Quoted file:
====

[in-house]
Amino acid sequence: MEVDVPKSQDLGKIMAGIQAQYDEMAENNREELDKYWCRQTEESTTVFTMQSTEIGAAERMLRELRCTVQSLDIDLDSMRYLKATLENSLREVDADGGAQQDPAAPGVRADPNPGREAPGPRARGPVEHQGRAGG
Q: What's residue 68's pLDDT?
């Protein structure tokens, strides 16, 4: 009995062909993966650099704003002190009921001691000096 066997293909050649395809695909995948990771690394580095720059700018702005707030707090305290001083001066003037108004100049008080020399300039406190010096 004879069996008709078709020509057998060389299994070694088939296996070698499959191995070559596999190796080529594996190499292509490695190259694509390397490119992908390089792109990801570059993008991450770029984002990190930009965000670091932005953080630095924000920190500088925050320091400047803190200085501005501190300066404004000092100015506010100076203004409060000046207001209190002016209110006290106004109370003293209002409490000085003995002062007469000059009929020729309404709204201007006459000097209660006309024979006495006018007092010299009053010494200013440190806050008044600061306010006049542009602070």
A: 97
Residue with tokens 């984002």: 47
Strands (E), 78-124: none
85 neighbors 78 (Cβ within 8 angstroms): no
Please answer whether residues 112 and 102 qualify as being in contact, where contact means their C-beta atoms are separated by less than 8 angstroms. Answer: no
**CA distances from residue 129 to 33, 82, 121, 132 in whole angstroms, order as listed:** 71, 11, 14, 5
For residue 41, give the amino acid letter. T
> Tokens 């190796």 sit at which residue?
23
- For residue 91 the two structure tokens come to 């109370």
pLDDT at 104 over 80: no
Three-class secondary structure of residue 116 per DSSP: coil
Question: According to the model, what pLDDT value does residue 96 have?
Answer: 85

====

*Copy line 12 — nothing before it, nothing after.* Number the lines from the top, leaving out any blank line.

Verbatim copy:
> Tokens 């190796």 sit at which residue?